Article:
We Are Less Than Rational

Investment Belief #3: We aren’t nearly as rational as we assume

InvestmentBeliefssm2 (2)Traditional economic theory insists that we humans are rational actors making rational decisions amidst uncertainty in order to maximize our marginal utility. Sometimes we even try to believe it.  But we aren’t nearly as rational as we tend to assume. We frequently delude ourselves and are readily manipulated – a fact that the advertising industry is eager to exploit.1

Watch Mad Men‘s Don Draper (Jon Hamm) use the emotional power of words to sell a couple of Kodak executives on himself and his firm while turning what they perceive to be a technological achievement (the “wheel”) into something much richer and more compelling – the “carousel.”

Those Kodak guys will hire Draper, of course, but their decision-making will hardly be rational. Homo economicus is thus a myth. But, of course, we already knew that. Even young and inexperienced investors can recognize that after just a brief exposure to the real world markets. The “rational man” is as non-existent as the Loch Ness Monster, Bigfoot and (perhaps) moderate Republicans.  Yet the idea that we’re essentially rational creatures is a very seductive myth, especially as and when we relate the concept to ourselves (few lose money preying on another’s ego). We love to think that we’re rational actors carefully examining and weighing the available evidence in order to reach the best possible conclusions.

Oh that it were so. If we aren’t really careful, we will remain deluded that we see things as they really are. The truth is that we see things the way we really are. I frequently note that investing successfully is very difficult. And so it is. But the reasons why that is so go well beyond the technical aspects of investing. Sometimes it is retaining honesty, lucidity and simplicity – seeing what is really there – that is what’s so hard. Continue reading


Mean Reversion Wins Again

HogeRight after his terrific Super Bowl winning performance, Joe Flacco was deemed the best quarterback in the NFL by ESPN “expert” Merril Hoge.

During presentations on cognitive biases and their impact on investment decision-making throughout this year, I have been using this claim as a great example of recency bias and of a likely failure to understand mean reversion. Flacco’s performance so far this season makes the point.

Flacco was fantastic in the play-offs last season, leading the Baltimore Ravens to a title by throwing 11 touchdowns with no interceptions over that time and averaging a terrific 9.05 yards per attempt. His QBR was 84.4 and his QB Rating was 117.2.  However, in the 80 regular-season games before that, and through the 2013 season to this point, Flacco has been and remains an average NFL quarterback {115 TDs to 74 interceptions (13/13 this year); 7.01 yards per attempt (6.55 this year); 51.7 QBR; 84.9 QB Rating (48.3/75.3 this year)}. Despite the four play-off games that suggested he might be an emerging superstar, I argued, beginning last winter, that his performance would likely revert to his mean, long-term performance. And so it did.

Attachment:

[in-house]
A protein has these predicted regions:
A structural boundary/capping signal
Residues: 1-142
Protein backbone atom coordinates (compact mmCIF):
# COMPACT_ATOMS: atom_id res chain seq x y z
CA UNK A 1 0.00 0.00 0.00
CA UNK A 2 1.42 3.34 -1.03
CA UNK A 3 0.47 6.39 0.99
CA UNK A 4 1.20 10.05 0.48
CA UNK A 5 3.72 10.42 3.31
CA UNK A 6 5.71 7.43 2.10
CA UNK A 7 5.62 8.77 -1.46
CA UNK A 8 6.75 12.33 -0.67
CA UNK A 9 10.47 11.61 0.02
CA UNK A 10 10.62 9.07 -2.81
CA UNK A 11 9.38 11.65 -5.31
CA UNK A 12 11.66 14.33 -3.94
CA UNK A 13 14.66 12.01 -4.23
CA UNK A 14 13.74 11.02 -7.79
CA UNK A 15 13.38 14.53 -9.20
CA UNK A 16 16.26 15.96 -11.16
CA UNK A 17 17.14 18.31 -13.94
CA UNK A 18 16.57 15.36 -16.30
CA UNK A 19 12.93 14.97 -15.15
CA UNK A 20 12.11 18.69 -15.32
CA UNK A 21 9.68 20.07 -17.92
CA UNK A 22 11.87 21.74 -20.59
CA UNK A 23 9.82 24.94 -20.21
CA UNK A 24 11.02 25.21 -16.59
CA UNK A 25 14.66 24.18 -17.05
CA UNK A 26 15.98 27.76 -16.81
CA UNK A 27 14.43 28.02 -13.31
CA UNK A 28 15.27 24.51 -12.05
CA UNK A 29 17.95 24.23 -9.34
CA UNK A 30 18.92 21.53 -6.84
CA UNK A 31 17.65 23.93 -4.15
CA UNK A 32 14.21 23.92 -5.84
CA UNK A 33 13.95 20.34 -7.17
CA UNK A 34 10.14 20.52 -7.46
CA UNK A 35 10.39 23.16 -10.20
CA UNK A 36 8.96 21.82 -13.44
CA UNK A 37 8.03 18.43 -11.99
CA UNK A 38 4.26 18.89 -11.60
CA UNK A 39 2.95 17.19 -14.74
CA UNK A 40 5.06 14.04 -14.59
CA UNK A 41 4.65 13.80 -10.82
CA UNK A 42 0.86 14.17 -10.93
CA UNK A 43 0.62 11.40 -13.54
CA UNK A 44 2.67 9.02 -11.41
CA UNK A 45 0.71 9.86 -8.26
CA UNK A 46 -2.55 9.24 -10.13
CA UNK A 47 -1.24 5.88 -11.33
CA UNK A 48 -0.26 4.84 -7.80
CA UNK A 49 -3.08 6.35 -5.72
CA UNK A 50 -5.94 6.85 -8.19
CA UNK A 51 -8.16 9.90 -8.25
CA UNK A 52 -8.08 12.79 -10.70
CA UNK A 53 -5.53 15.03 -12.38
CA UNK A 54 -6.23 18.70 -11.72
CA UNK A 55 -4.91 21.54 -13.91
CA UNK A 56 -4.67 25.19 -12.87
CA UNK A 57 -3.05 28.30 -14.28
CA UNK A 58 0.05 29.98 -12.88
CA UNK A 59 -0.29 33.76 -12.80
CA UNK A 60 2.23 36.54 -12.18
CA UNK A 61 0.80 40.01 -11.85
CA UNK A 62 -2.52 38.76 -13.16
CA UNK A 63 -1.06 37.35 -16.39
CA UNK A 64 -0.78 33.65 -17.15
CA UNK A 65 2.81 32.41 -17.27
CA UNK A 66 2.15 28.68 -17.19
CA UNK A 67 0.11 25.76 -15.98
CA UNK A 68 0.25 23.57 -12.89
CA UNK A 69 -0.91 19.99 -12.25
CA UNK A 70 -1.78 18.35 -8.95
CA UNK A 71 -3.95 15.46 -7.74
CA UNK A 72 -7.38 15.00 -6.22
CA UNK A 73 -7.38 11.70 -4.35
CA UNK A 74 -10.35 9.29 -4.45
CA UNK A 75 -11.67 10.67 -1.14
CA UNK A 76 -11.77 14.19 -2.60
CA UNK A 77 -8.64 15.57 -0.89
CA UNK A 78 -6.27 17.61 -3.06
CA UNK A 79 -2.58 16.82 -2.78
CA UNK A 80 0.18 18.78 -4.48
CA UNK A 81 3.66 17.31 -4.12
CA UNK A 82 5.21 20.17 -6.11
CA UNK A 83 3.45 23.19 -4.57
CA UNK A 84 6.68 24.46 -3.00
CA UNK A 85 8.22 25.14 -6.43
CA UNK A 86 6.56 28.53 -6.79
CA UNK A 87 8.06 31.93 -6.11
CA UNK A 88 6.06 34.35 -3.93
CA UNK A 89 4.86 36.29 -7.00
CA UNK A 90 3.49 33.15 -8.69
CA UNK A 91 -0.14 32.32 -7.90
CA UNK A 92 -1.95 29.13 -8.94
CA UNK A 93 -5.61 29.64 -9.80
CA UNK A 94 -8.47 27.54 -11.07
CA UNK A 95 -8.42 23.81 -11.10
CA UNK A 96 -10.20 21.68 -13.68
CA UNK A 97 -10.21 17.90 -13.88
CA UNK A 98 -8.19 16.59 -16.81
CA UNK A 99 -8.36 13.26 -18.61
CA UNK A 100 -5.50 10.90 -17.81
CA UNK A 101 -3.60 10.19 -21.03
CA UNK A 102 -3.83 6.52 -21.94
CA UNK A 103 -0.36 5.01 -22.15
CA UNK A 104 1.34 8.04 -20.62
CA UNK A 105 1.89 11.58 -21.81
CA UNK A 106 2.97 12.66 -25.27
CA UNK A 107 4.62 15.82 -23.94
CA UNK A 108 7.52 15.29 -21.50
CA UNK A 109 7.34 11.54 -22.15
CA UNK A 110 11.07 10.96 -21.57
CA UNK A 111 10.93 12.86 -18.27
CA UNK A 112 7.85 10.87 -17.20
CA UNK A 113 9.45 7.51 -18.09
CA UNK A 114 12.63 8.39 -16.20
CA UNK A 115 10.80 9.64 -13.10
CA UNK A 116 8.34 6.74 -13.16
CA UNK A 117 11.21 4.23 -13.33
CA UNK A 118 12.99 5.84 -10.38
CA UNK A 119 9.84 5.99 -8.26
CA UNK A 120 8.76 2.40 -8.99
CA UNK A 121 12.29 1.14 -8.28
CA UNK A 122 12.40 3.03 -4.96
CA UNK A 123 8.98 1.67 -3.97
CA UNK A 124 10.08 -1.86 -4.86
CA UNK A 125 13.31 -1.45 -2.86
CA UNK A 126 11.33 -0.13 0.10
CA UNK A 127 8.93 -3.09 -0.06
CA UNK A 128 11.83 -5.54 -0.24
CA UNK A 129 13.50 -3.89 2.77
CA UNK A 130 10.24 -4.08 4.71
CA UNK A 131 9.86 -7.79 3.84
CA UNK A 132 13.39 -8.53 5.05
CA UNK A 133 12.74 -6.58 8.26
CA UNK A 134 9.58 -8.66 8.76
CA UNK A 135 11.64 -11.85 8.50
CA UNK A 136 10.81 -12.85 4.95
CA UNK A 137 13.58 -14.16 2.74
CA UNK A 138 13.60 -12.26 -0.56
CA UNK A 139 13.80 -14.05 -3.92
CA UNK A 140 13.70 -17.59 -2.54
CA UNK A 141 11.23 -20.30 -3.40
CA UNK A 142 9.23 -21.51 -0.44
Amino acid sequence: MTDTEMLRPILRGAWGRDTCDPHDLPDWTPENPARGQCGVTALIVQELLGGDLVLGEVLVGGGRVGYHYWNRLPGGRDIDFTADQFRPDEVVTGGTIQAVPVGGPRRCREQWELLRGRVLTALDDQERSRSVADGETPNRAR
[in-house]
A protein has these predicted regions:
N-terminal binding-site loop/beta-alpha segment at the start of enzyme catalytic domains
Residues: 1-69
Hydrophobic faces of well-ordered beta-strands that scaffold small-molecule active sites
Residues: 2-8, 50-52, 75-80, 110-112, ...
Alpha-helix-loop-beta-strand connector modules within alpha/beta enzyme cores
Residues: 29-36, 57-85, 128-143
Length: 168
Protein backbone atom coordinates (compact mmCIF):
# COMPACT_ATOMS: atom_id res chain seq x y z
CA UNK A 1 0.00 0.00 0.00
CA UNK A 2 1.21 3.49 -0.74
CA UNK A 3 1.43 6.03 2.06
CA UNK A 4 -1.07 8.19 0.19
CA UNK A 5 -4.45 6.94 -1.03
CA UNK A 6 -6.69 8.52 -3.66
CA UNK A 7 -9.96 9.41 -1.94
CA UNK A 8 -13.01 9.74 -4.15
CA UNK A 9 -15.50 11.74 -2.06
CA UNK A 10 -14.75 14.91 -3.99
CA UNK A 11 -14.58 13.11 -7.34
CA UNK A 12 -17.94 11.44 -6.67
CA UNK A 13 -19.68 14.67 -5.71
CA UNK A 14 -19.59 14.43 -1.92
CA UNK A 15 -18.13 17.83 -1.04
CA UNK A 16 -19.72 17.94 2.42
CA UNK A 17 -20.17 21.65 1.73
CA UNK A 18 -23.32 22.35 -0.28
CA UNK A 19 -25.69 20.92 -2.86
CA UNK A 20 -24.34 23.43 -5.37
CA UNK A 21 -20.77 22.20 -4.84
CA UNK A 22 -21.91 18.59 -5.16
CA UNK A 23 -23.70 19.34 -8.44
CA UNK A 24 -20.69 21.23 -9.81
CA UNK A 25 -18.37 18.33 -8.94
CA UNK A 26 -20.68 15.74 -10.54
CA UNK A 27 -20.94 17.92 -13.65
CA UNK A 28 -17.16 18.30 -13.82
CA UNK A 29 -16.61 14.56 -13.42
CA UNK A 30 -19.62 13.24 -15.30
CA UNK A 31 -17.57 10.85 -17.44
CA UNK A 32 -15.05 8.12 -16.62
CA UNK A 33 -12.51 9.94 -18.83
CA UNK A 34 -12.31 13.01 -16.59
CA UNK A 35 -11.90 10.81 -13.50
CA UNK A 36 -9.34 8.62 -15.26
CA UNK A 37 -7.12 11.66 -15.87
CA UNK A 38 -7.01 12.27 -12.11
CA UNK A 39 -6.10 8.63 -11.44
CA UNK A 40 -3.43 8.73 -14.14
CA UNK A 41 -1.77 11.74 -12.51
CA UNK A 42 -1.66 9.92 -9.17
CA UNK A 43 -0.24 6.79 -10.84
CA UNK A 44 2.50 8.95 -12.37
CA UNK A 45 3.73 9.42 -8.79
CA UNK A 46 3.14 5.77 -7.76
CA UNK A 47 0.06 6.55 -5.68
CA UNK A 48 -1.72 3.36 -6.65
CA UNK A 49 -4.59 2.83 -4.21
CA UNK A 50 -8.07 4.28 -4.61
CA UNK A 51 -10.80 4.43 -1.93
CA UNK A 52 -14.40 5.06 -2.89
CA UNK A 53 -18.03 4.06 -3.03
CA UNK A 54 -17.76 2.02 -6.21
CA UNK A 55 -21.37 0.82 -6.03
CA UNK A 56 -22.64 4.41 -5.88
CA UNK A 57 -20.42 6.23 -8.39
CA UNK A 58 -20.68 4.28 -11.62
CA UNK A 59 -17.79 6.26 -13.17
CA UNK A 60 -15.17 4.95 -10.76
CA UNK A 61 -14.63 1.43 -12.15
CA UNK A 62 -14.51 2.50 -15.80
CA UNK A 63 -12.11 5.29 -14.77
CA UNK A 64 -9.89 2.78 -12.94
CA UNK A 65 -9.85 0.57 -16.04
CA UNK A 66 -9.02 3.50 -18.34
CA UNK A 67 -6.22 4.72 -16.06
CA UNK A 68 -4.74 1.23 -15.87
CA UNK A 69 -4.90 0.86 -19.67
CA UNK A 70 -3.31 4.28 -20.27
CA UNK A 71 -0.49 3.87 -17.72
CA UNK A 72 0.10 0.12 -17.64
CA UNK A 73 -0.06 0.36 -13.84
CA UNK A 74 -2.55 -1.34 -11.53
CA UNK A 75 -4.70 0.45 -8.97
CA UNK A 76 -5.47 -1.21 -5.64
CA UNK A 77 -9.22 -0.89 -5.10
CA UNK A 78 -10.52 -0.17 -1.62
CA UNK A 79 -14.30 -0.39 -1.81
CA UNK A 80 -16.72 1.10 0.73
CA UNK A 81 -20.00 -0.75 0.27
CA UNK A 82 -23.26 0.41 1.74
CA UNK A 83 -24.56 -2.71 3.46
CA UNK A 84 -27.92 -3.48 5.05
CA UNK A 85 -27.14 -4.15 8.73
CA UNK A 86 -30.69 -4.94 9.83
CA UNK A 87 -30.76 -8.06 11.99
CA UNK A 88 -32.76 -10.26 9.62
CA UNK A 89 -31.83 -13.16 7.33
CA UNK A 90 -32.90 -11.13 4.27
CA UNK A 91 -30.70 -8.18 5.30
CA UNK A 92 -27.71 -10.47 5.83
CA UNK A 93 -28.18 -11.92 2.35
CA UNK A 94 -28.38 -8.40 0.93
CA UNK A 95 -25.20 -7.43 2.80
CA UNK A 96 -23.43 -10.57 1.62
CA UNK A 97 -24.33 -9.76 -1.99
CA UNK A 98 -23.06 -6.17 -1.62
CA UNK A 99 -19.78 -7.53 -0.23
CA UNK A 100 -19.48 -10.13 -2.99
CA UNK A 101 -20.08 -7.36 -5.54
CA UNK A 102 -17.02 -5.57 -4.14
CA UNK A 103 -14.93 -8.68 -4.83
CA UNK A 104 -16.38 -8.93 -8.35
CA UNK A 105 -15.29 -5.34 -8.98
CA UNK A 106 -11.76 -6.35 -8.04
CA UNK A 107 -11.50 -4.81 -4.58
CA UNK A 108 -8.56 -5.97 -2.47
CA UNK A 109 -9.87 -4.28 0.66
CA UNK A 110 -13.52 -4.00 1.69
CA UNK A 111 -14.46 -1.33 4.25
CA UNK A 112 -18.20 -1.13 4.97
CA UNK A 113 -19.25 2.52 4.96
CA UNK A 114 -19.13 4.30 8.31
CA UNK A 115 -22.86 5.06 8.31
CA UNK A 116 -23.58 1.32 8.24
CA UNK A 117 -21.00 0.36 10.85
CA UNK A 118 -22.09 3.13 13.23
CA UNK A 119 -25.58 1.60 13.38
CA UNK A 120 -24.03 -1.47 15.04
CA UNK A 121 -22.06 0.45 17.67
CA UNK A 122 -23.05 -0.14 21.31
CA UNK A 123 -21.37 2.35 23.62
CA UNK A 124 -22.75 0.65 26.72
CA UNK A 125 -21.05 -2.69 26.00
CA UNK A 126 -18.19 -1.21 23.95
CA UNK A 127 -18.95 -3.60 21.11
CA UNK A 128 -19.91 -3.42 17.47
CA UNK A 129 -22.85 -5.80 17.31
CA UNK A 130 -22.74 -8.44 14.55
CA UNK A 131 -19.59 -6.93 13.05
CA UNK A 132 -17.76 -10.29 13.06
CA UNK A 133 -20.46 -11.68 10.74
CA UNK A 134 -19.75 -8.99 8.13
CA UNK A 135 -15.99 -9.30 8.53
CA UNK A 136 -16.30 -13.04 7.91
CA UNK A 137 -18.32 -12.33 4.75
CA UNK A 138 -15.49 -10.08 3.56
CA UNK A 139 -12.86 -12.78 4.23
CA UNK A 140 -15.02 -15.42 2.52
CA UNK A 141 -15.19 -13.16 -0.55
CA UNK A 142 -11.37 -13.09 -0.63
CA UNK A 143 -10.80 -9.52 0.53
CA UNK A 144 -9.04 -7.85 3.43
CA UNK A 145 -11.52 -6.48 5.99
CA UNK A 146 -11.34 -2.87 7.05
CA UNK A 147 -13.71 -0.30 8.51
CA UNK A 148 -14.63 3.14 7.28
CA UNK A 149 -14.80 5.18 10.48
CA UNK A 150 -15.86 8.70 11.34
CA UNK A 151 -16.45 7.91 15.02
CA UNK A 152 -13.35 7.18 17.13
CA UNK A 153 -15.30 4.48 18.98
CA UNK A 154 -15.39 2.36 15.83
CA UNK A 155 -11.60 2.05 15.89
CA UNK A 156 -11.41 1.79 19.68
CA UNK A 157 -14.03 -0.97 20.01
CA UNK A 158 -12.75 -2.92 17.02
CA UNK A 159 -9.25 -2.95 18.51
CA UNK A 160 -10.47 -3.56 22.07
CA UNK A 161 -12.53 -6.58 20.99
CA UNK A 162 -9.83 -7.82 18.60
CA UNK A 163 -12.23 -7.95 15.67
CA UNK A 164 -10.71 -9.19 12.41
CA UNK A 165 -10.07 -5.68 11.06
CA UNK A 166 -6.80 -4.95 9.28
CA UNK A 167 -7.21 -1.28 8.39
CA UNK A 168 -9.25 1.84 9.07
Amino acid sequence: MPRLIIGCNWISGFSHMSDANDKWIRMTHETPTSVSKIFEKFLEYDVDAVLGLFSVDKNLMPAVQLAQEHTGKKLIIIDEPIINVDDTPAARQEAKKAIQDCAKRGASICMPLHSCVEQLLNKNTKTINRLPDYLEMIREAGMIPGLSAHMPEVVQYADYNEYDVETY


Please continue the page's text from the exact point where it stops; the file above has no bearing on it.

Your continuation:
It is possible that near-term aberrations in performance reflect a major change in long-term norms that can be continued going forward. But that’s not usually the case. As Dennis Green (then coach of the Arizona Cardinals) famously expressed it, “They are who we thought they were” most of the time and that doesn’t tend to change all that much.

The market corollary to this idea is that when prices are very high they will tend to decline and when they are very low they will tend to rise. Since our objective generally is to buy low and sell high, making good investment decisions in this regard should be pretty easy then, right? Sadly, the answer is a clear no.

Recency bias is our tendency to put too much emphasis upon the recent past to the exclusion of the full data set and to extrapolate recent events into the future indefinitely. Professionals are no less prone to its effects as anyone else. As reported by Bespoke, Bloomberg surveys market strategists on a weekly basis and asks for their recommended portfolio weightings of stocks, bonds and cash.  The peak recommended stock weighting came just after the peak of the internet bubble in early 2001 while the lowest recommeded weighting came just after the lows of the financial crisis. Obviously, following that advice would have been a big mistake and had an investor sold stocks at the peak stock weighting and bought at the rock-bottom weighting – doing the opposite of what the experts said – s/he would have done exceptionally well.

Emotionally, we get afraid when markets tank and euphoric (greedy) when markets are hot. No matter how quick we are to agree with Warren Buffet conceptually (“Be fearful when others are greedy, and greedy when others are fearful”), it’s really hard to do. The financial markets are the only places I know where people want to pay top dollar and resist buying anything on sale. Where else do people want to wait for prices to go up before they buy? That’s largely on account of recency bias and our emotions. Ravens fans were angry when mean reversion was discussed in connection with Joe Flacco’s play-off performance last season. But the numbers don’t lie. He’s still who we thought he was.